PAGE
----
Analyzing NFL Protests and America’s Response: Part 2

by The Cowl Editor on October 5, 2017

National and Global News

What Happened at the White House?

by Darren Squillace ’19

News Staff

From NFL players choosing to kneel during the national anthem to certain championship sports teams getting their White House invitation rescinded, protests at sporting events have made headlines along with other national issues such as North Korea and its threats to obliterate the U.S., the devastating aftermath of Hurricane Maria and the toll it has taken on Puerto Rico, and the expected upcoming tax overhaul.

Many of the president’s critics believe his attention on these issues is based on his desire to divert the public’s attention from the more critical issues at hand so that he can handle them in his own preferred manner without as much scrutiny. Others say it is simply an effort to garner enthusiasm from his base of supporters.

Stephen Curry, a member and star player from the 2017 NBA Champion Golden State Warriors team, stated that even if invited to the White House he would not attend, as a sign of disapproval of the current administration in place.

In response to this, on Sept. 23, President Trump tweeted, “Going to the White House is considered a great honor for a championship team. Stephen Curry is hesitating, therefore invitation is withdrawn!” This was a tweet that not only drew to it the attention from the political world, but also the sports world for many reasons as well.

It is unclear if Trump had ever formally invited the team to the White House. Curry is not the only notable athlete who is unsatisfied with the president’s body of work since he has taken office. Fellow star athlete Lebron James responded to the president’s tweet with a tweet himself saying, “U bum @StephenCurry30 already said he ain’t going! So therefore ain’t no invite. Going to White House was a great honor until you showed up!”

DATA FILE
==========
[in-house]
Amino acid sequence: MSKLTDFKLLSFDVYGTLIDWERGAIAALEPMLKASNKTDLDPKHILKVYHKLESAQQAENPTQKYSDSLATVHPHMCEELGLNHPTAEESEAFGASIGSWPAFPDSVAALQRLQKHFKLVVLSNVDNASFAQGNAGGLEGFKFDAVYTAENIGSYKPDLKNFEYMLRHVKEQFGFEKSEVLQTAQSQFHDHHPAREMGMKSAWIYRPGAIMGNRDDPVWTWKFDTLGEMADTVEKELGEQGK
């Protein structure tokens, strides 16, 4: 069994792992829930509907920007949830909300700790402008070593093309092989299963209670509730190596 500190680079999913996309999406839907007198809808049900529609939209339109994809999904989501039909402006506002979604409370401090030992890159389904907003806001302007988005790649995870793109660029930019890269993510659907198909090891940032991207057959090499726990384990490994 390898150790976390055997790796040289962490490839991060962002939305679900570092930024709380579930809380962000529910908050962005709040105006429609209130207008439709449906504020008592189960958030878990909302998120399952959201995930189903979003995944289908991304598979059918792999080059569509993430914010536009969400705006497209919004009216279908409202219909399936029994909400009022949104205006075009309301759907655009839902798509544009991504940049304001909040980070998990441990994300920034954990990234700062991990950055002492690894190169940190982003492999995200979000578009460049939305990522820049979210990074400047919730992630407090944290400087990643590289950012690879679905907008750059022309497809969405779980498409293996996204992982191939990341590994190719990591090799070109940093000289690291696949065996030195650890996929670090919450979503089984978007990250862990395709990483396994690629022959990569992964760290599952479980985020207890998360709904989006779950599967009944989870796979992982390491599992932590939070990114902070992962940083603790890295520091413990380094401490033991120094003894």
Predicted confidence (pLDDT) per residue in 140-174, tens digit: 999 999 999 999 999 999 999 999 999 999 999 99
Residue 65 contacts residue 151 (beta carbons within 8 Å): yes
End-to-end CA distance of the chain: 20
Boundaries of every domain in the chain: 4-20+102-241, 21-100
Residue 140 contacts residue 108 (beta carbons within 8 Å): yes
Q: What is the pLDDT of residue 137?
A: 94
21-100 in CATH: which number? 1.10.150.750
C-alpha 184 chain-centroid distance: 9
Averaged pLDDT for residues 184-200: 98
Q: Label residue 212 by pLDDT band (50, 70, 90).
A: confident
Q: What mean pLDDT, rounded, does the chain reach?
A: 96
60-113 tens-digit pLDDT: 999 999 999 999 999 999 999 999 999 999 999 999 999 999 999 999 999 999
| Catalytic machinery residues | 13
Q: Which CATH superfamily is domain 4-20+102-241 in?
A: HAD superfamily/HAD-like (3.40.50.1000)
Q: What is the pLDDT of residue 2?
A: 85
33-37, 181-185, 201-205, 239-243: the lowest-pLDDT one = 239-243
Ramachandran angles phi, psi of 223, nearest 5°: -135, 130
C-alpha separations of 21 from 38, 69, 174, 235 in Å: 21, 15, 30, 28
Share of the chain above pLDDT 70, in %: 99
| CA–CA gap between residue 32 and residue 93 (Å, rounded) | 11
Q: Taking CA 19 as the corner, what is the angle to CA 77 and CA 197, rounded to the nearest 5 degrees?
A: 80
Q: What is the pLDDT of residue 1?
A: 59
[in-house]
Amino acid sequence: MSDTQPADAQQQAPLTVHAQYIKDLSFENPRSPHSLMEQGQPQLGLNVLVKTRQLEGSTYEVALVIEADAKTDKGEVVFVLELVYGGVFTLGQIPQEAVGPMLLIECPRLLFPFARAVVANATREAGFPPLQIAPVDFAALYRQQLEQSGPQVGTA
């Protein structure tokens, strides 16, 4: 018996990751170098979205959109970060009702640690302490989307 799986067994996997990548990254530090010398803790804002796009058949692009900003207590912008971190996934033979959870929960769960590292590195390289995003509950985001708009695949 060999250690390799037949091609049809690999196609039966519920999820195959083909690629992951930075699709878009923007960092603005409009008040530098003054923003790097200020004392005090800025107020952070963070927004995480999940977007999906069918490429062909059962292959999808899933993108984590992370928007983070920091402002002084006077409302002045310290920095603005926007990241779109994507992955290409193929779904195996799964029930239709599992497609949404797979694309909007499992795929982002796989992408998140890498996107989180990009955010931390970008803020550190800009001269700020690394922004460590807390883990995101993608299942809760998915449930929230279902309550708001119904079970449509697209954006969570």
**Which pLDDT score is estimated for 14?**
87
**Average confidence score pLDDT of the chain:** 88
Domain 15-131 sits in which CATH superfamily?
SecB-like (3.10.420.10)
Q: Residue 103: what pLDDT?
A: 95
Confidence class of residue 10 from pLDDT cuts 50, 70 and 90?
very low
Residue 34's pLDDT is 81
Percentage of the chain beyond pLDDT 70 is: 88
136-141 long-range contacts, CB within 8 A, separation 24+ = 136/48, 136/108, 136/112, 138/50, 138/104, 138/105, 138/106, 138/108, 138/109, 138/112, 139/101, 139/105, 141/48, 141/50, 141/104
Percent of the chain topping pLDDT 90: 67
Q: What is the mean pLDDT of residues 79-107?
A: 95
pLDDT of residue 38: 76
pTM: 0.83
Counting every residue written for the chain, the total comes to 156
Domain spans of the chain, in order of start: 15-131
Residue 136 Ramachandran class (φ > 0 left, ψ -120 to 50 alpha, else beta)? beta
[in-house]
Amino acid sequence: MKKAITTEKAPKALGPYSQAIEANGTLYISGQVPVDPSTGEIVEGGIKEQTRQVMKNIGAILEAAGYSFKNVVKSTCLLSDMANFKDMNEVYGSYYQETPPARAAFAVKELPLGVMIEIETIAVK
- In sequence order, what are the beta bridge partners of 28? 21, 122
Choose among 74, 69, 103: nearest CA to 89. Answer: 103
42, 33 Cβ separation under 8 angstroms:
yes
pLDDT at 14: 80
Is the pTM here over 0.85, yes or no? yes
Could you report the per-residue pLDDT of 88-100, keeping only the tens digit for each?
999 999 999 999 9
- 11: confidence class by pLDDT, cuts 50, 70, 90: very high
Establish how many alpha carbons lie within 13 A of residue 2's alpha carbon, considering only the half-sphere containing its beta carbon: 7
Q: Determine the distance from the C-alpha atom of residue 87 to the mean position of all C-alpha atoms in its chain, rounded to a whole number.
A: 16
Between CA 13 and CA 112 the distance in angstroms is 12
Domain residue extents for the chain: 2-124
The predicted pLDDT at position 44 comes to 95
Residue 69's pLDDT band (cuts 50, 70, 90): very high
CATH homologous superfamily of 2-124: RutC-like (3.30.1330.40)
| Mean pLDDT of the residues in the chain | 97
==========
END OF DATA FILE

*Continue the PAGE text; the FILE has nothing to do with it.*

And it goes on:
Similar sentiments to the ones expressed by James have become a common theme around professional sports. Athletes are no longer seeing an invitation to the White House as being fulfilling and enriching as they did under past presidents who extended invites, both Democrat and Republican.

While President Trump has tried to make it clear that none of his criticisms against teams or athletes have anything to do with race, many of those who have publically protested him and the job he has done in office seem to have taken them that way.

The majority of athletes who have chosen to speak of the president critically and chosen to decline his White House invitations have been African American. Trump has recently bragged that the NHL Stanley Cup winners, the Pittsburgh Penguins, would be accepting his invite to the White House, but many were quick to point out the reality is that the Penguins, along with all other teams in the NHL, are made up of predominantly white athletes.